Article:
When you are the speaker, facilitator or coach, you are the story weaver and your client or audience is the princely frog.

I spoke this morning at the Knowledge Resources Organisational Development Conference about these five types of resistance. I devised an ingenious interactive process to illustrate it and cleverly used Shawshank Redemption and The Great Escape as metaphors for breaking through (or out of) the prison of resistance.

But it bombed.

No, it did not bomb, it actually went just fine, but it did not wow the way I dreamed it would (being so clever and all). ‘Just fine’ is just not good enough.

Why did it not work?

At first I thought it was because I failed to get two thirds of the audience over the first kind of resistance.

The plan was for the whole group to get up and act the part of someone who had been in solitary confinement for two months and then gets released. One third of them were ready to do so immediately. The idea was that, by the end of it all, most of them would be willing to do it. But, it was mostly the same group doing it by the end. Yet I tried it the day before with another group and it worked like a charm.

What went wrong on Wednesday?

I know that personal resistance has two aspects. I worked them through the first aspect, but not the second.

The question: “Is this for me” has two sides: first it relates to my personality i.e. “am I the type of person who would get up and act out anything?” But the second part of it has to do with the relevance of this to me: “Is this relevant to who I am and where I am at in my life?” This latter question is the one I did not make room for, and therefore two thirds of the people did not come with me on the journey.

How did I miss this?

Firstly, the answer lies in how a story begins. No story starts with the hero at the first point of resistance. It starts with the hero somewhere in a situation of stuckness. In the midst of that stuckness, whether or not they are aware of this ‘prison’, they receive the Call to Change. Only then can they resist this call.

As the story weaver, I needed to ‘get’ the nature of this stuckness so that I can fashion an appropriate Call. Usually I take quite a bit of time to understand where the audience is at, and to let them voice their perspectives on their situation. Unfortunately, I did not have time to do this as part of the talk and I could not mingle with them enough beforehand. I also think that, unconsciously, I thought I knew where they were. I did not.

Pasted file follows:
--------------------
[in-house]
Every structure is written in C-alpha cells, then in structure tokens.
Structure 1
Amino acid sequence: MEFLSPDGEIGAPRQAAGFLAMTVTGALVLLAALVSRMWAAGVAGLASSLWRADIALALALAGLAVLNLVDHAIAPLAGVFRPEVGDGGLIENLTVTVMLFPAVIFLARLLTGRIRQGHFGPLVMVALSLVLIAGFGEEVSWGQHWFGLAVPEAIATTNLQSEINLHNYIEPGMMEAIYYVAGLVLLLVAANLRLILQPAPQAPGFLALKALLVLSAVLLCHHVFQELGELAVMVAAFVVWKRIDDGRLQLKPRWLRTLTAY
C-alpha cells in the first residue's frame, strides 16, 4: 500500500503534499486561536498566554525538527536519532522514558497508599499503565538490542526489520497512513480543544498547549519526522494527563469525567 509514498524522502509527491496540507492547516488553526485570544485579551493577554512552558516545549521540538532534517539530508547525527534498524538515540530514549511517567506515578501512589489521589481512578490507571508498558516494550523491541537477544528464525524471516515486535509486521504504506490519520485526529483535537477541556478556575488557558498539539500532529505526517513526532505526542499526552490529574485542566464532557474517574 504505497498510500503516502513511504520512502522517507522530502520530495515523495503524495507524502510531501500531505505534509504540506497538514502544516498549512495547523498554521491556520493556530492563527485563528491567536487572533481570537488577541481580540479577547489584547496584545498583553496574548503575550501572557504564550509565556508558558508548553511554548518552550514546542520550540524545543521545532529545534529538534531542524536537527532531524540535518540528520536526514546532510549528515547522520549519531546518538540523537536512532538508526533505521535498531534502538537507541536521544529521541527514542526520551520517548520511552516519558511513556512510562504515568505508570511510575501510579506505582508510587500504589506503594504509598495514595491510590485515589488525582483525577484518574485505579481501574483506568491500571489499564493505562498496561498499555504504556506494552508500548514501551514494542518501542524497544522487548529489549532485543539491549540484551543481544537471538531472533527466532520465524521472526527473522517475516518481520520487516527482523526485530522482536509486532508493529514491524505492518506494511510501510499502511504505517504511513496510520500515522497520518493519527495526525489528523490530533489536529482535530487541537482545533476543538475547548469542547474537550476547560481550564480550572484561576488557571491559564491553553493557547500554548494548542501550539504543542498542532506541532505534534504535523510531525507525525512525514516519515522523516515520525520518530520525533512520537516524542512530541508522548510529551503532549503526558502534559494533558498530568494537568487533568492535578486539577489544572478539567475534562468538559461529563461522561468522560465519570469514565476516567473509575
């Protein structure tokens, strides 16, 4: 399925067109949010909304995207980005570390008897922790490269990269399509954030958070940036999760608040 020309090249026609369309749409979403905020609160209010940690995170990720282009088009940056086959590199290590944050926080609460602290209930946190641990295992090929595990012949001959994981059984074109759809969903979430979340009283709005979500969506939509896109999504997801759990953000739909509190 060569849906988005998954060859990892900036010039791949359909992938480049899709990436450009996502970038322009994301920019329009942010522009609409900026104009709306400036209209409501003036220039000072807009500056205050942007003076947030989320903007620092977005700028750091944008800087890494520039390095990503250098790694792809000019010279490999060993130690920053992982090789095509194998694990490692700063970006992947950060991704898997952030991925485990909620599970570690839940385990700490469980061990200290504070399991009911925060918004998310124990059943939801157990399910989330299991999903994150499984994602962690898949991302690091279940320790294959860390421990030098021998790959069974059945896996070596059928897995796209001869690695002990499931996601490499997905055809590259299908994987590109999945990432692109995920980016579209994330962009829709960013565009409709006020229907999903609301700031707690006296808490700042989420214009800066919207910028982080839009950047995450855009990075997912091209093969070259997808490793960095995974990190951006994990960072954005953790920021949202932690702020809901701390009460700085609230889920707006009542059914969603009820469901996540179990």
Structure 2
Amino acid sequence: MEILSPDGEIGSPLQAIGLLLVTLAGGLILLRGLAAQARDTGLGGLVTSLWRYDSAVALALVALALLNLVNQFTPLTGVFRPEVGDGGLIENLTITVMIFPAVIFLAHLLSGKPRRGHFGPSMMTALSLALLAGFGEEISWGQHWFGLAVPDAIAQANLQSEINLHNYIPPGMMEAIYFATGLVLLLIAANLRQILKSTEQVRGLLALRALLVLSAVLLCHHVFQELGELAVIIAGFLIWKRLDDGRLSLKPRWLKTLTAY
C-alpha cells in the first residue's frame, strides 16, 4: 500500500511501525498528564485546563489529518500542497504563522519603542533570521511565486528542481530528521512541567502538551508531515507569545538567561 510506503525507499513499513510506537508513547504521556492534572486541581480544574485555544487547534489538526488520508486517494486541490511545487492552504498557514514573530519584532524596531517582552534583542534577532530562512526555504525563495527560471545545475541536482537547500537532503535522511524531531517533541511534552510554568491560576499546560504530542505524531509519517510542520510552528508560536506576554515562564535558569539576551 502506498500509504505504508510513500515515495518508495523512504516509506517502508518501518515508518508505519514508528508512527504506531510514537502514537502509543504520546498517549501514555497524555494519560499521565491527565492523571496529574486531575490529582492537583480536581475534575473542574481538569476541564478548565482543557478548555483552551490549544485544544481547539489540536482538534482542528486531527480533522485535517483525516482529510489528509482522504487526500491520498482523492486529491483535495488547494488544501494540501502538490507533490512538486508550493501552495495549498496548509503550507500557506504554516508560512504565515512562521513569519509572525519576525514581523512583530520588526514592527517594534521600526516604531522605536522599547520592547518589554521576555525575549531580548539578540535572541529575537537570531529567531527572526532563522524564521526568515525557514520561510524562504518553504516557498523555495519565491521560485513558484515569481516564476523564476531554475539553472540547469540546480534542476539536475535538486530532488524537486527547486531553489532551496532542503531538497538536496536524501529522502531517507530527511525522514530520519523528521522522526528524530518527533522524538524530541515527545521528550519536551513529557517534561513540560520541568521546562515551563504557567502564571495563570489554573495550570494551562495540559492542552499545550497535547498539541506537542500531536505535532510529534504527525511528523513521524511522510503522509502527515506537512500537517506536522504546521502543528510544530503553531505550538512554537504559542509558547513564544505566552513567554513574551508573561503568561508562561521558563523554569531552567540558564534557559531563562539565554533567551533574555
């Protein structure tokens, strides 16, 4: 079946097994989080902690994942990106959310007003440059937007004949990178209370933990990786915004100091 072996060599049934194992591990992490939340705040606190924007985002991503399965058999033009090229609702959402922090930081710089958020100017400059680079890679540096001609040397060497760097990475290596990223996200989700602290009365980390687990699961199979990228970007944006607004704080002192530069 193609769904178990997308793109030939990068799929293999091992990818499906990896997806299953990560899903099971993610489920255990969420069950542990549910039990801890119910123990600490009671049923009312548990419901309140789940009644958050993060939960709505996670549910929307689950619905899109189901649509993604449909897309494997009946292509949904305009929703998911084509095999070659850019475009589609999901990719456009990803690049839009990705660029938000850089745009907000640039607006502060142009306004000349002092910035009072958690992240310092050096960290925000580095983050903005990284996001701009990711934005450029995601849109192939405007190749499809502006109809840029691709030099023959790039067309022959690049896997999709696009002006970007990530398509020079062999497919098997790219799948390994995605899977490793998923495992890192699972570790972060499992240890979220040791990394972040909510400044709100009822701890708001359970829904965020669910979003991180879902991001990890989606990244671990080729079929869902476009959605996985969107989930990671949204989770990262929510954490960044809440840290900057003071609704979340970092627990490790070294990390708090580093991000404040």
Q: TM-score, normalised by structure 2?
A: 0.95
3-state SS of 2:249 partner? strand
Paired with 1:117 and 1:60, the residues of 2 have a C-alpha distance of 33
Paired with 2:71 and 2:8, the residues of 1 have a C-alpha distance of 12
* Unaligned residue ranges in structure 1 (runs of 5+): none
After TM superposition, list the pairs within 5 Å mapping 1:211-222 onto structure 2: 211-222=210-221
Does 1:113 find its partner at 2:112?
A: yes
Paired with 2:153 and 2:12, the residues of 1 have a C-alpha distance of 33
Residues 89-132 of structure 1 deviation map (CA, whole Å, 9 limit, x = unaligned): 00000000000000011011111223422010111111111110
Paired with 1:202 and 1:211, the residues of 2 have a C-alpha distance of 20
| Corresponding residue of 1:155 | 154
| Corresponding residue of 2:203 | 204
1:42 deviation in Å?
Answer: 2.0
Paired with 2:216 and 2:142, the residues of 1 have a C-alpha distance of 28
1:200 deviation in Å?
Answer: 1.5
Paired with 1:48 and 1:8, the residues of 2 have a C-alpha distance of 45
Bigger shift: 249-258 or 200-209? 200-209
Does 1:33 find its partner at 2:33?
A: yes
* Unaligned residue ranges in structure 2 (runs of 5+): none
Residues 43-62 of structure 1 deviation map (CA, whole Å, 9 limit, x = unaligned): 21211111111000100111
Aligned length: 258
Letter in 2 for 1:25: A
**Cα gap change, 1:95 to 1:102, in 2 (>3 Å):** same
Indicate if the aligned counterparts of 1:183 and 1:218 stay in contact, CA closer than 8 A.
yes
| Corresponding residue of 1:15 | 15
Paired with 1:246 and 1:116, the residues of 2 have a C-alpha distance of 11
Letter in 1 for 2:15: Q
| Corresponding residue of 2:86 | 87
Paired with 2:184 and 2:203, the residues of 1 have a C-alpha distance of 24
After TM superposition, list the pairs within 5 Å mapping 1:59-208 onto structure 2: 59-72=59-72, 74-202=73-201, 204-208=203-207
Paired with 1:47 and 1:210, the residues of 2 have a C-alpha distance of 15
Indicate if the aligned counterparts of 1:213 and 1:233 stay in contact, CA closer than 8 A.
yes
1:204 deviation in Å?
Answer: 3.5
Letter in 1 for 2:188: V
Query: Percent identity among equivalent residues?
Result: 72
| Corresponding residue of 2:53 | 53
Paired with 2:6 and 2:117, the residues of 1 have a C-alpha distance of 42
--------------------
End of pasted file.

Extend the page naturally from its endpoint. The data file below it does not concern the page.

Secondly, I know that the moment of cosmic resistance is usually such that, if any of the other resistances were not overcome by the time you get to it, they will surface and you can loop back and deal with them. My time was up, though, and I could not address them. This idea is supported by the fact that one participant said: “I could not get up and play the role as asked, even though I was ready to jump up and do it when you first suggested it, because the details of the story (the rape and the pain in the prison) upset me and it is unresolved.”

I wish with all my heart, dear participant, that I had the time to explore this with you. I am sorry to have opened it up without the opportunity to loop back and accompany you through it a second time – you and anyone else who needed it.

But this was not the whole story.

Really it comes down to simple group dynamics (if group dynamics were ever simple). I talked with a delegate the next day about the presentation. Of course he told me it was wonderful. Then I asked him why it was so difficult to get them moving? He agreed that it seemed like a tough crowd, but then simply said: “These guys are all strangers to each other: and it is a large group of strangers. They just needed more time to warm up. Also, it took me a while to remember the Shawshank story. I’m one of those people who forget detail.”

And that means that, in spite of my efforts, resistance number 3, Social Resistance, could not be broken with no warming up and in the short time I had. It also means that I needed to spend more time on establishing the shared reality: the Shawshank story.

What did I learn for next time?

  1. I will never again assume I know where people are. It’s odd, I have learned this lesson so many times and still unconsciously made assumptions. So the word ‘never’ is an intention, but I may step in the trap again. To help me, I will remember to take time before a talk to speak to people and ask them about their current challenges.
  2. I will not accept only 30 minutes of time for such a talk, especially if it is the first talk of the day and there is not time before hand to talk to folks. I need at least 60 minutes so that I can talk to folks, tell the story. And later on, get the feedback from the group and loop back if needed.
  3. I will not rely on PowerPoint to set the scene, but play to my strengths which is facilitation and conversation rather than information transmission. I so badly wanted to show my clever pictures and get through my slides that I could not work with the group where they were. If ever I use PowerPoint, it must be embedded in a facilitation process and not the other way around.

Where did this last point come from?

I noticed a pattern that, of the three bombed keynotes I did over the last five years, all of them had in common that :

  • It was based on a set of slides. In each case I worked on the slides till late the previous night, so they weren’t seasoned and embedded into my talk yet.
  • Also, I noticed that all three occasions was for an audience larger than 30, I do not know yet what that means… But I will watch and reflect and keep learning.

So, why should 65 OD practitioners need to get up and act like Tim Robins in the role of Andy Dufresne?

How entrenched in, or ‘confined’ by, their current way of doing are the people in your organisation? How harsh would they experience the new ideas that you want to introduce? Do you truly get their current reality? What can you do to guide them out of their solitary confinement safely and yet firmly so that they, like Andy, can own their actions and so be truly transformed?

Post image from Wikimedia Commons